The last three points are to my mind simply wrongheaded. Banning all right-turn-on-red in all places and at all times takes an axe to a problem where a scalpal is needed. It’s the responsibility of the DDOT to determine which intersections present a danger to right turn on red and that does not indiscriminately include all intersections.
Reducing the speed limit to 20 mph is nothing more than another traffic related revenue raiser for the city since neither commuters nor other drivers are likely to observe it nor could the District implement it. The fact is DDOT already times stop lights on streets such as Constitution between 2nd and 7th Streets NE at 40-45 mph when the speed limit is currently 25. I suspect there are other commuter streets that are similarly timed. If all traffic were in fact reduced to 20 mph, cars would be lined up past the beltway, traffic congestion would increase, commuting would become a nightmare, buses would be unable to keep a schedule, and thousands of workers would regularly be late for work.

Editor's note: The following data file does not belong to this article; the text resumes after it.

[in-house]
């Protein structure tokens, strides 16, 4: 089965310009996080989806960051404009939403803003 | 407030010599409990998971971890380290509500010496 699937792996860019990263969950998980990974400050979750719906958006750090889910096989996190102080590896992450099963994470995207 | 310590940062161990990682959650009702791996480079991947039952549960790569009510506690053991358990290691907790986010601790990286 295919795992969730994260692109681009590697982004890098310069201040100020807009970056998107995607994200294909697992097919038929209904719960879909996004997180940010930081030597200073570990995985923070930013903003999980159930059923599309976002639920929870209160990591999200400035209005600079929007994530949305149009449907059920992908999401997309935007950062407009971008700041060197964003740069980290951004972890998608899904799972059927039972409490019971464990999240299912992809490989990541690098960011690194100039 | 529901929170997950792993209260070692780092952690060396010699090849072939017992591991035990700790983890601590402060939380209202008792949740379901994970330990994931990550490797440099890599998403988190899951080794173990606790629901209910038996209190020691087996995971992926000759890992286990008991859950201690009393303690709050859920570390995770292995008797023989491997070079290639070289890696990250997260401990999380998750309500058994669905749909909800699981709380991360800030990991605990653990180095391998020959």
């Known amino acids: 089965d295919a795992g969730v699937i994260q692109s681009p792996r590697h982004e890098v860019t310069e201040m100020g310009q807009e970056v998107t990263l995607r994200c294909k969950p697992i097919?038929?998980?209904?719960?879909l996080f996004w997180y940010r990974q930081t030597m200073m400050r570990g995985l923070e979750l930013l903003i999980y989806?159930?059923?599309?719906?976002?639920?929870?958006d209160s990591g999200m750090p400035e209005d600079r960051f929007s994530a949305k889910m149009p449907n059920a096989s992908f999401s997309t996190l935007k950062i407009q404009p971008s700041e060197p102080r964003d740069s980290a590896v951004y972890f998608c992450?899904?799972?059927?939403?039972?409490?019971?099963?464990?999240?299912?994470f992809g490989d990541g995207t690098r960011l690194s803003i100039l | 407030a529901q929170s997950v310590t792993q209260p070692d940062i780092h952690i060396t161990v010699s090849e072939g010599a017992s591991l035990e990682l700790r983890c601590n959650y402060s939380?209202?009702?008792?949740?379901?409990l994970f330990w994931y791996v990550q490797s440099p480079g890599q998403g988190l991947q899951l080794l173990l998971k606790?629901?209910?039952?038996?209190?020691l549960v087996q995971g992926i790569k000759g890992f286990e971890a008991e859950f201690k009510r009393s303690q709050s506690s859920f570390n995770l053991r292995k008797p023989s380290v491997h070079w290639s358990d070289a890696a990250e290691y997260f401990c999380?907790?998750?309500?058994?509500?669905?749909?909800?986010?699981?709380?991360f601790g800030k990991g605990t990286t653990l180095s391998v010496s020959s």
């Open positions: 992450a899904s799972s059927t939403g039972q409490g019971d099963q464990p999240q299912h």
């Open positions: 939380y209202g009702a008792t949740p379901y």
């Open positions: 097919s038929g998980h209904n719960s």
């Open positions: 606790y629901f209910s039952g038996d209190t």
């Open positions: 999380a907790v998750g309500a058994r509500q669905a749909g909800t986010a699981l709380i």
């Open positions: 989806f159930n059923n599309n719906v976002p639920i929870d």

Requiring a driver with an existing license to take a test in order to obtain a license renewal flies in the face of previous DC efforts to reduce the time spent for license renewal. Now gone are the days of waiting for half a day, and often more, merely to spend five minutes with a clerk to renew a license. Virtually every city has done away with the unnecessary burden of this kind of license renewal and DC, to its credit, has made similar efforts across the board for licensing and permits. This is a step backward.